Timely Shirking: Time-Dependent Monitoring and its Effects on Legislative Behavior in the U.S. Senate, 1981-2002
47 Pages Posted: 29 Oct 2008 Last revised: 27 May 2009
Date Written: May 26, 2009
Studies of legislative shirking have made important contributions to our understanding of democratic accountability and representative government. In the literature, legislative shirking is defined as behavior that diverges from constituency demands and seen as the result of imperfect monitoring and ineffective punishment by constituencies. Most research has focused on ineffective punishment as the main cause of legislative shirking. In this study, we focus on the other side of the shirking story - imperfect monitoring. We argue that since information costs and constituency memory vary over the course of an election cycle, there should also be systematic variation in constituent monitoring over time. Furthermore, if constituent monitoring varies across time, and assuming that constituents are not the only cue that legislators rely on, we should expect time-dependent legislative shirking. We develop a simple theoretical model of legislative decision making with time-dependent monitoring, which we then empirically test using legislative roll-call data. Specifically, we look at how the policy positions of U.S. senators change over the course of their six-year terms. We find that a substantial number of senators engage in behavior consistent with systematic, time-dependent shirking. Furthermore, our results show that when senators shirk in a time-dependent manner, they systematically move toward extreme positions when constituent monitoring is low and moderate when it is high. Thus, it appears that constituents do provide a constraint on legislative behavior.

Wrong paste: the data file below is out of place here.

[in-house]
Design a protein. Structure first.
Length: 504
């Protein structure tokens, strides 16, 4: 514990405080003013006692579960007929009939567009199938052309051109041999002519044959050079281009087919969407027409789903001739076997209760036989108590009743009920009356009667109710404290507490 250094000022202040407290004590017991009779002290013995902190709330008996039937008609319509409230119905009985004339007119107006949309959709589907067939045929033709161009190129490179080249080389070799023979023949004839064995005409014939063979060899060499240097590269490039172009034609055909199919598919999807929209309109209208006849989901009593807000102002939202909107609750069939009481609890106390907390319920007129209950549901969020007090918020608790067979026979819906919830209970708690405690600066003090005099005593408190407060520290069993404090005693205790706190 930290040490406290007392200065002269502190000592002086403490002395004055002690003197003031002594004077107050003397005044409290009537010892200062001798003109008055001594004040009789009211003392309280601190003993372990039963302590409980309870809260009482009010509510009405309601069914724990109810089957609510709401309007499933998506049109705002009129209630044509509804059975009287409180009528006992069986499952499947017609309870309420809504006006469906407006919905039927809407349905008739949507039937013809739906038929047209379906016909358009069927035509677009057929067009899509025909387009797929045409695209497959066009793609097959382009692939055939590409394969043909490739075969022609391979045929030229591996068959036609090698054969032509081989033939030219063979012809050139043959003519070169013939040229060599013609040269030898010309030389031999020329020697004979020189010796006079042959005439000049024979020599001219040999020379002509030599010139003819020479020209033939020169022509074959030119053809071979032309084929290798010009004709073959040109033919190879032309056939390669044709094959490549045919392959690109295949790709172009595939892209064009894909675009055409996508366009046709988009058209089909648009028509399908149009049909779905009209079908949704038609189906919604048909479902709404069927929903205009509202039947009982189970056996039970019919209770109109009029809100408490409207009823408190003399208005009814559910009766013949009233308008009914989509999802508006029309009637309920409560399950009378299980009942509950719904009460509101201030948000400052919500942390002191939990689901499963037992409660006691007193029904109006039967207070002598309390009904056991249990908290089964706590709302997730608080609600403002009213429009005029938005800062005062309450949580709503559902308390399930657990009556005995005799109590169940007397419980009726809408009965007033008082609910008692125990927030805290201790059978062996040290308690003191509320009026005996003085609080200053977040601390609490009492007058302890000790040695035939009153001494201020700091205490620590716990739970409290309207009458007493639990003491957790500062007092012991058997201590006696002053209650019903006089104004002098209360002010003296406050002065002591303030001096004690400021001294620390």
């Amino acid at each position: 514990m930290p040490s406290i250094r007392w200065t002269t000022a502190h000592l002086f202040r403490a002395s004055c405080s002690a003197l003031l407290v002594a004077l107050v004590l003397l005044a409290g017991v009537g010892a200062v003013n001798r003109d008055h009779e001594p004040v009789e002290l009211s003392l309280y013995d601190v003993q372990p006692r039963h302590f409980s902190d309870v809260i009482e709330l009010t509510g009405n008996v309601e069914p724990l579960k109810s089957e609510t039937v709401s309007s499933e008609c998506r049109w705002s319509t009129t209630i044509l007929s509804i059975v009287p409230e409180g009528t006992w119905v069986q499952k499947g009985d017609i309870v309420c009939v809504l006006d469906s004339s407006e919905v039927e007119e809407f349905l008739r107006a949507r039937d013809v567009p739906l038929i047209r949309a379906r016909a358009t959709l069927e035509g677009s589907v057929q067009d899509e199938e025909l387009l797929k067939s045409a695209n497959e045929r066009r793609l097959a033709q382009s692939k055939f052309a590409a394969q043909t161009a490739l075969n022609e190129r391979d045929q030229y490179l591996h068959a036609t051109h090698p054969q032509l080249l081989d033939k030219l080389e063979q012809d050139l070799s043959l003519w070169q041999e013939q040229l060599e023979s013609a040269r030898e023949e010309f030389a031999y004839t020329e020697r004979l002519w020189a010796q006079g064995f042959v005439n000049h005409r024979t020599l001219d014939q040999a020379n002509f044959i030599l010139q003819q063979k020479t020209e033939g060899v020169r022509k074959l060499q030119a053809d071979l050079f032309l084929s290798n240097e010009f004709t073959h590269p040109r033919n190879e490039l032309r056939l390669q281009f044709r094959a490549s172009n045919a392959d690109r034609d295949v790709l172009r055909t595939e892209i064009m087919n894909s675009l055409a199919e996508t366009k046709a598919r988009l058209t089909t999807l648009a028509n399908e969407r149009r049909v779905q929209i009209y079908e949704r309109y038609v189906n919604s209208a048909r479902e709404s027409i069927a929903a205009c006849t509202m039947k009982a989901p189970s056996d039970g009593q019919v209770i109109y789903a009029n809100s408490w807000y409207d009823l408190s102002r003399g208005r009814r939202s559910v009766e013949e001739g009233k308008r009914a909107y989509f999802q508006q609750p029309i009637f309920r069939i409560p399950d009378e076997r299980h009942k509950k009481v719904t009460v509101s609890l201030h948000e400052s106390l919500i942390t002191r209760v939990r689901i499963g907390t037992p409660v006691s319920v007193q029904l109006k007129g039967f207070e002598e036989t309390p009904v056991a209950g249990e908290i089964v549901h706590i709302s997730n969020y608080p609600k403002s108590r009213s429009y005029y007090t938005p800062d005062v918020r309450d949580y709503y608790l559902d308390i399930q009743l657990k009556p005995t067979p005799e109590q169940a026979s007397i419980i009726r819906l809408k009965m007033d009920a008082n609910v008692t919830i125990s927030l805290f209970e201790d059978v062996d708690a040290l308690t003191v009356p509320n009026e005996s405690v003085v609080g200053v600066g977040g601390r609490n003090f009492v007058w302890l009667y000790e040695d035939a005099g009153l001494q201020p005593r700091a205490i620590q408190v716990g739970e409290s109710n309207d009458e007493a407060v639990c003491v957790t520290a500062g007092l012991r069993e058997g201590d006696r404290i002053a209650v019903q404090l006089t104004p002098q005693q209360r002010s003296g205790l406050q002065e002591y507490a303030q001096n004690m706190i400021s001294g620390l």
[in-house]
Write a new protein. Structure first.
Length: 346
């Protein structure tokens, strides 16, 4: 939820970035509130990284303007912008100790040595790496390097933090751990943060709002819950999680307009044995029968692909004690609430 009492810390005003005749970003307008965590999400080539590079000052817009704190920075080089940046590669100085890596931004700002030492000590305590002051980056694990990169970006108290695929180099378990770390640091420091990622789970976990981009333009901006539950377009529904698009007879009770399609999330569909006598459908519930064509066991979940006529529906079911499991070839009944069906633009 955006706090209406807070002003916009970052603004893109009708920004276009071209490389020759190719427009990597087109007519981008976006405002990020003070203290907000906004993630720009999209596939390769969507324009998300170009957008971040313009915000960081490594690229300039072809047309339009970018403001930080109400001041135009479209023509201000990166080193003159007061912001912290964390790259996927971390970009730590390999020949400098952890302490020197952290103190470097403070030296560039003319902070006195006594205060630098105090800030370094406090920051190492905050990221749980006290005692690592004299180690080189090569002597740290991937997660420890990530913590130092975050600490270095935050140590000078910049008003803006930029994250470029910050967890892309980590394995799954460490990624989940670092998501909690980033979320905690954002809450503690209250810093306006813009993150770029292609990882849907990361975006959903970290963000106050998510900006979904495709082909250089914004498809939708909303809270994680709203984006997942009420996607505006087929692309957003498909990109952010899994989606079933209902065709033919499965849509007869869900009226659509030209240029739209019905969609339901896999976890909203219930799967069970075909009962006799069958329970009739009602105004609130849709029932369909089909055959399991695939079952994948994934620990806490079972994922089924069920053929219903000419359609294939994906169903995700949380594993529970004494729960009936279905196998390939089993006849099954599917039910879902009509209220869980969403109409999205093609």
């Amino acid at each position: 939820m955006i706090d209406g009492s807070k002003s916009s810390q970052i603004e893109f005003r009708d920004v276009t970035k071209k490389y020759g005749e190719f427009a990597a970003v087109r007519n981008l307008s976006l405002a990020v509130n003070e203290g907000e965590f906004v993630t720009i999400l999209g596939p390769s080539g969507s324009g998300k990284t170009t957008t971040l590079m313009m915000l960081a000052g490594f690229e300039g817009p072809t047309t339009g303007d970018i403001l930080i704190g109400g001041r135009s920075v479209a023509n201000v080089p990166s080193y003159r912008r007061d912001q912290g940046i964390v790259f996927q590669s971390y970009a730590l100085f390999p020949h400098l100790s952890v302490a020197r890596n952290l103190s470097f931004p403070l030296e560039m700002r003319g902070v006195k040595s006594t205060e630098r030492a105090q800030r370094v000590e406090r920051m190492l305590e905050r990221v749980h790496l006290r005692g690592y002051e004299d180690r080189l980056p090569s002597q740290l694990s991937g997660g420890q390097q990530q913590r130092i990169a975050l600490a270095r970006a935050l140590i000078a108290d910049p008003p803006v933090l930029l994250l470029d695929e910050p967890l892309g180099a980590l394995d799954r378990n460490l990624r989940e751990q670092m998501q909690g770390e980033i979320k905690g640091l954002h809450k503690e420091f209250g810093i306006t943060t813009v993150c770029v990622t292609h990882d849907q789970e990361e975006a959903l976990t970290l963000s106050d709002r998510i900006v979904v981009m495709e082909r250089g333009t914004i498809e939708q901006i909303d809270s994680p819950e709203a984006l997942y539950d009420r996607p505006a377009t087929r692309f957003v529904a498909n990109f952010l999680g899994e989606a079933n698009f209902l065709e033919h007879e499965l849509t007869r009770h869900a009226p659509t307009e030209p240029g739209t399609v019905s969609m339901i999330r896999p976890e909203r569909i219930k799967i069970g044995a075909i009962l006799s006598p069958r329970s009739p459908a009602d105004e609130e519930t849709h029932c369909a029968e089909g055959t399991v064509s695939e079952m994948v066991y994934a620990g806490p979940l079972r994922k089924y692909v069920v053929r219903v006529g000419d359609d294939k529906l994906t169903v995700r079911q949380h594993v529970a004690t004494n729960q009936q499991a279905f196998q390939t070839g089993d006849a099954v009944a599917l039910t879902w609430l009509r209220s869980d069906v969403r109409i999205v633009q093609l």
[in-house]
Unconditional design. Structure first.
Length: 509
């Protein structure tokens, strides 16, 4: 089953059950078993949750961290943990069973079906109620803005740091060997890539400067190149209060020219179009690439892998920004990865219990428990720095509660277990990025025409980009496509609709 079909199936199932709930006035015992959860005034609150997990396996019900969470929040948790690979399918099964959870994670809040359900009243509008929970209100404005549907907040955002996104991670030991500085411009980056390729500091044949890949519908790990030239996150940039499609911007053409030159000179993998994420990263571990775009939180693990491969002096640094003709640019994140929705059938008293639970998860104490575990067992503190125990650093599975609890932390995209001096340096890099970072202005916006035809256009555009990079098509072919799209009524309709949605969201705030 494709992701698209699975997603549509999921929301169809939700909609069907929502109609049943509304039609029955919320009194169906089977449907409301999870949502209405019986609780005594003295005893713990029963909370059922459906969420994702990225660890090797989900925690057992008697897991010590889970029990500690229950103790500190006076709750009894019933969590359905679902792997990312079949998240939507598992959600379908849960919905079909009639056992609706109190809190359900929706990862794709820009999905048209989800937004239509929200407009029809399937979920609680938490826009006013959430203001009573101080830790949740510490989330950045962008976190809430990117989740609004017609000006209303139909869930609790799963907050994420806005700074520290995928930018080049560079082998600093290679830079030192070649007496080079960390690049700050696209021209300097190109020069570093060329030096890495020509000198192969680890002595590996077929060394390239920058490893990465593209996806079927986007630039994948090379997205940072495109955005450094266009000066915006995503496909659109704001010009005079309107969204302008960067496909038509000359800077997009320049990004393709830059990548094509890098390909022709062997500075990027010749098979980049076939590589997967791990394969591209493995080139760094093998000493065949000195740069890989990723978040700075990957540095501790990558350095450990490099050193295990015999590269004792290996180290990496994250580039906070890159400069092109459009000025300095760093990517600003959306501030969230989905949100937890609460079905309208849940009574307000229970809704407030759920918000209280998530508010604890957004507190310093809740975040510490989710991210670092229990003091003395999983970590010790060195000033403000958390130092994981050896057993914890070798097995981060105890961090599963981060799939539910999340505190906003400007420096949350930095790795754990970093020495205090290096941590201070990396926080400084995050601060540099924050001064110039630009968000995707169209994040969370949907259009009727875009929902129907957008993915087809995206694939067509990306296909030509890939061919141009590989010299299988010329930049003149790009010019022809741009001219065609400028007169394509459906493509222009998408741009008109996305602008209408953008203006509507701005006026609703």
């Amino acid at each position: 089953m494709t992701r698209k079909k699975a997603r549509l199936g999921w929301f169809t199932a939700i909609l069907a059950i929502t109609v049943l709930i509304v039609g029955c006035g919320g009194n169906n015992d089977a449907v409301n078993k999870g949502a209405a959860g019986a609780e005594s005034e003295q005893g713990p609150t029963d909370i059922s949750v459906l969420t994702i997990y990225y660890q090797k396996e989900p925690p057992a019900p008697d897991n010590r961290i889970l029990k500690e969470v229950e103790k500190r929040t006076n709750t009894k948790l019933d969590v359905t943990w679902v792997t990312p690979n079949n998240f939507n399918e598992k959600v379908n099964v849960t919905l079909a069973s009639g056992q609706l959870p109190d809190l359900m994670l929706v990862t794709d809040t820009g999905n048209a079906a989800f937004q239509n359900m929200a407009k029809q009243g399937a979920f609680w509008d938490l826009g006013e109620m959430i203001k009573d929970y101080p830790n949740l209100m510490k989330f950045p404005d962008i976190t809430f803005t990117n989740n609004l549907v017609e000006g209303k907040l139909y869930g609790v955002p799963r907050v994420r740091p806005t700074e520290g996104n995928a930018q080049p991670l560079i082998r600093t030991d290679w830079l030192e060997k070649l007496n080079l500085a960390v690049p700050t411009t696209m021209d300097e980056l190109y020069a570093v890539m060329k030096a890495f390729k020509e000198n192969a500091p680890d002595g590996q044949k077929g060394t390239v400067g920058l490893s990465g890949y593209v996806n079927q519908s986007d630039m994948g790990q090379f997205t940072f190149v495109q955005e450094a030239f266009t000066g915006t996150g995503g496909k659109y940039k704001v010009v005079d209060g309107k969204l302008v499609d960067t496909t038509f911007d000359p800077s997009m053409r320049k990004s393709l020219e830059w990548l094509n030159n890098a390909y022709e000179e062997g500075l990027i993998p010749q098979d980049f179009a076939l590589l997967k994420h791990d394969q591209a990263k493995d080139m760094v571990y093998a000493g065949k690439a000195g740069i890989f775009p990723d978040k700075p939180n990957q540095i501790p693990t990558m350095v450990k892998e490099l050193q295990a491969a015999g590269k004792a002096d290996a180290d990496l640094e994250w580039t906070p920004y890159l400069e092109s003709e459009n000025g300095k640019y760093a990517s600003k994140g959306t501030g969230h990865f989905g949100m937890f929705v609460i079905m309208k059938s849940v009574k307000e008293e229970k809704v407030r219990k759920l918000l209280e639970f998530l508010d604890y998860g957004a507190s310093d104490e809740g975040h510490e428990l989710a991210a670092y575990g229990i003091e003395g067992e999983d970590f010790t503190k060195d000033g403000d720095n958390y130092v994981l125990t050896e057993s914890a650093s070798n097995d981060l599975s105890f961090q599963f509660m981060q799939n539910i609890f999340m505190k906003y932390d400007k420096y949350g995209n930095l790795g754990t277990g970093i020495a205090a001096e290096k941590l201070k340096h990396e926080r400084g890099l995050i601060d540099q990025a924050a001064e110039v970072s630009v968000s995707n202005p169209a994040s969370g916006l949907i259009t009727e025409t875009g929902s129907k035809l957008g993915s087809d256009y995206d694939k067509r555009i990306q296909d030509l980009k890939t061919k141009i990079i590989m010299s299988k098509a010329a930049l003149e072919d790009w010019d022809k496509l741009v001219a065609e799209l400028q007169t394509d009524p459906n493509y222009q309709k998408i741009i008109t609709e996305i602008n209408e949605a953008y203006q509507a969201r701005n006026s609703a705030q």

Keywords: Legislative Politics, Legislative Institutions, Elections, U.S. Congress, U.S. Senate, Shirking
JEL Classification: D72, D82
Suggested Citation: Suggested Citation